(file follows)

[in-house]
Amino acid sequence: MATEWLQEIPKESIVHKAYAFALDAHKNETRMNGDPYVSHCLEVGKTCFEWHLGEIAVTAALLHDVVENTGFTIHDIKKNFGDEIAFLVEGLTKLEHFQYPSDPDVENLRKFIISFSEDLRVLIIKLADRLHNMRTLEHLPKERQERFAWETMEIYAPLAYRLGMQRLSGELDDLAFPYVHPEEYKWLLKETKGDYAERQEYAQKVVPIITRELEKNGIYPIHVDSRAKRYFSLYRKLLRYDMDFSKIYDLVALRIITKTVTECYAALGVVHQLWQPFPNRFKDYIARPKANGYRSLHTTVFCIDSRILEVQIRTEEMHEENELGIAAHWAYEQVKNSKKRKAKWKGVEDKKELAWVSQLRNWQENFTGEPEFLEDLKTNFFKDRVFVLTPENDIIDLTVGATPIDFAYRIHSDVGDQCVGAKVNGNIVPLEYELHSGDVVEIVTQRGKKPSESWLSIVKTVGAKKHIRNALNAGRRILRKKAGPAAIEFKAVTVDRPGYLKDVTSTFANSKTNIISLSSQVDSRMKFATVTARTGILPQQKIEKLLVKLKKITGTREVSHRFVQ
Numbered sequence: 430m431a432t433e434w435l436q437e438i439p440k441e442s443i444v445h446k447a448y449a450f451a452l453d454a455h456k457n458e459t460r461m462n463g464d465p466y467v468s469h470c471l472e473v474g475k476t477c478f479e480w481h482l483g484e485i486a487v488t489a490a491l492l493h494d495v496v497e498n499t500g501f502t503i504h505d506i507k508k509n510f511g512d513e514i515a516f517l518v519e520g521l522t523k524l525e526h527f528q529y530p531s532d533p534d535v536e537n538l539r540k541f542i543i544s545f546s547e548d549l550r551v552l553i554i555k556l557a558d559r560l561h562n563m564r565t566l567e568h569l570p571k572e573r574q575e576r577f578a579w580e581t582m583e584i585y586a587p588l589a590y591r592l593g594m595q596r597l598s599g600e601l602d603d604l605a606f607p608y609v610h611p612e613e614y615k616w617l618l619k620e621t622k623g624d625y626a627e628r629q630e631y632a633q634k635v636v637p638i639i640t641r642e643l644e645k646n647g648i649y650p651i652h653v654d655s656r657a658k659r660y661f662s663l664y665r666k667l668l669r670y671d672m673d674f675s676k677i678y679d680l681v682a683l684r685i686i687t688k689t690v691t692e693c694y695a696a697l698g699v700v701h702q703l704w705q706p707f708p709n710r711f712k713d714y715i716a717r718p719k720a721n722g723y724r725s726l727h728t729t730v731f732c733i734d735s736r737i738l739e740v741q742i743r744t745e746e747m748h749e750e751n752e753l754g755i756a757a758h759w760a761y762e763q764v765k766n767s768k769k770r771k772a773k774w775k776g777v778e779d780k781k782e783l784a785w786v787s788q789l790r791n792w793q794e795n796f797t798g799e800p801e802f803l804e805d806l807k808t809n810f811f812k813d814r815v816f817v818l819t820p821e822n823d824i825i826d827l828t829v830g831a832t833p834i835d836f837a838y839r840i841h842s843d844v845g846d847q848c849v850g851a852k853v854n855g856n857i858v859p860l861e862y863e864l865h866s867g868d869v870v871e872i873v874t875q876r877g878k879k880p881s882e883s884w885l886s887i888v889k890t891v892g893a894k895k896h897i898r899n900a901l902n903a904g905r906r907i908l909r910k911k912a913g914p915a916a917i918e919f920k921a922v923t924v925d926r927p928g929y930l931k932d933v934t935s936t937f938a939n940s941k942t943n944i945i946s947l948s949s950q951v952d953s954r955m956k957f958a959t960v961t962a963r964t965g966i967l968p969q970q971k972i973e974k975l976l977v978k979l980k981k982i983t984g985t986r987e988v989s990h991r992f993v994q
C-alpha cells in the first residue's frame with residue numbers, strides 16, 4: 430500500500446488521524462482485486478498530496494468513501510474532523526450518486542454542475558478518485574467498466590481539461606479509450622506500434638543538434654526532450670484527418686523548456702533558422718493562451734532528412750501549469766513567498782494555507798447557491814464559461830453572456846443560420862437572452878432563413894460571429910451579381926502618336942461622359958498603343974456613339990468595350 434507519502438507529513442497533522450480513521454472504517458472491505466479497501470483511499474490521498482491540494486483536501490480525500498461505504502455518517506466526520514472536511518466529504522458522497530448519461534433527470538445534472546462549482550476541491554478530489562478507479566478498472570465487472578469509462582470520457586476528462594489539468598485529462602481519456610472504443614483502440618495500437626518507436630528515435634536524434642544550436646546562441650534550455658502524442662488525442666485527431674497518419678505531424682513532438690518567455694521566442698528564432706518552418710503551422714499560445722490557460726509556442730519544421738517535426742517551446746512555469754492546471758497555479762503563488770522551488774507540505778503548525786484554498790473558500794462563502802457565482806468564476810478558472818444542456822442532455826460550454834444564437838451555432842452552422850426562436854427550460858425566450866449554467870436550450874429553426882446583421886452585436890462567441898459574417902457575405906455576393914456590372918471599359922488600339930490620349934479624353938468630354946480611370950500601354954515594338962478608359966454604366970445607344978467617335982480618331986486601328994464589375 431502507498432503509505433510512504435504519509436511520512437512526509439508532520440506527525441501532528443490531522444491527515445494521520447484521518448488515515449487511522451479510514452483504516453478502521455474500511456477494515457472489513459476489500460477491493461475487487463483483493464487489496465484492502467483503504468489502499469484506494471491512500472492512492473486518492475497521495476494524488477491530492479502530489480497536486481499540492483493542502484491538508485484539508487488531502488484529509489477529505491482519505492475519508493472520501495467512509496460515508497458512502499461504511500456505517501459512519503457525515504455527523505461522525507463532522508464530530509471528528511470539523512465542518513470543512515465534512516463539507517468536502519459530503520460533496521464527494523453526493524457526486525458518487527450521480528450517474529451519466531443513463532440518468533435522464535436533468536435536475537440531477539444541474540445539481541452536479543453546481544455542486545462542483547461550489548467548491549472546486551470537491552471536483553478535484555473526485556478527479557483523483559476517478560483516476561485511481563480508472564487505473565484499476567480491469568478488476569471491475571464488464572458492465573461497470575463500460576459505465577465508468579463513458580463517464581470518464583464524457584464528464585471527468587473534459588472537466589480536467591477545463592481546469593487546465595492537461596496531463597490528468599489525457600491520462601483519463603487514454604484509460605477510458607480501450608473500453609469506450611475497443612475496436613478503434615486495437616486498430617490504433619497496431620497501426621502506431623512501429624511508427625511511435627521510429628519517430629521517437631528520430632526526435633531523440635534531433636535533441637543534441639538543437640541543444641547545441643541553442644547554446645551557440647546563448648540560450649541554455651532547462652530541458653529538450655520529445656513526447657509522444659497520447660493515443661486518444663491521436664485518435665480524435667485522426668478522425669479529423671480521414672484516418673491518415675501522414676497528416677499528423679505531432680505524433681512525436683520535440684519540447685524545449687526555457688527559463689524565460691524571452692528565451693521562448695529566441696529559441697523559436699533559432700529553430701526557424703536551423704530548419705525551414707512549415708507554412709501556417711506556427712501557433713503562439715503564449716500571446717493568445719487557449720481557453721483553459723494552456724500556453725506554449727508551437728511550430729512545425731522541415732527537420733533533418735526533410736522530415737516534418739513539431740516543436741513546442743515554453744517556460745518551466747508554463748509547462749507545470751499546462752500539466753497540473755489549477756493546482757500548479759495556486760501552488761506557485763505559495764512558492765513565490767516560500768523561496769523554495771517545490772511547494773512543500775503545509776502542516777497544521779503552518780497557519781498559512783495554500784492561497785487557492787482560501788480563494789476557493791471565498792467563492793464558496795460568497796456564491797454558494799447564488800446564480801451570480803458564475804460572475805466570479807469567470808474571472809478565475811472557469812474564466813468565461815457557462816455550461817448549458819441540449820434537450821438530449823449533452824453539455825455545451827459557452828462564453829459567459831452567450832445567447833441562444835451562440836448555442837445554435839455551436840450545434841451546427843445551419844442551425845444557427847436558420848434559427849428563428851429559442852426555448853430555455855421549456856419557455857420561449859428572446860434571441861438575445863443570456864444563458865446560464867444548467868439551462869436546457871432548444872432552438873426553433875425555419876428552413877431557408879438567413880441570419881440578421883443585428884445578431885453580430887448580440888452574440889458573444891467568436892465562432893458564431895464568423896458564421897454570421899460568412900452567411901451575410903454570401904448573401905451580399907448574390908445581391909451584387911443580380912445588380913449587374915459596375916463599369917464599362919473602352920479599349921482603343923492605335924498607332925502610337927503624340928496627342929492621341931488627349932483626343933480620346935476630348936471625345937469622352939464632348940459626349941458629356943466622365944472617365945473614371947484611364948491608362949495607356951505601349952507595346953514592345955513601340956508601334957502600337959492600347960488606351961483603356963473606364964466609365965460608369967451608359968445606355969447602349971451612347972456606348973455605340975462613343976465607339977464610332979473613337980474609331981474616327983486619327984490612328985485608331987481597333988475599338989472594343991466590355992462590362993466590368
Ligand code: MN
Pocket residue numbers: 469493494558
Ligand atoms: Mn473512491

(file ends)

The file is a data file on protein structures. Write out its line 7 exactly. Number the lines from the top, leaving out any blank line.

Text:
Ligand atoms: Mn473512491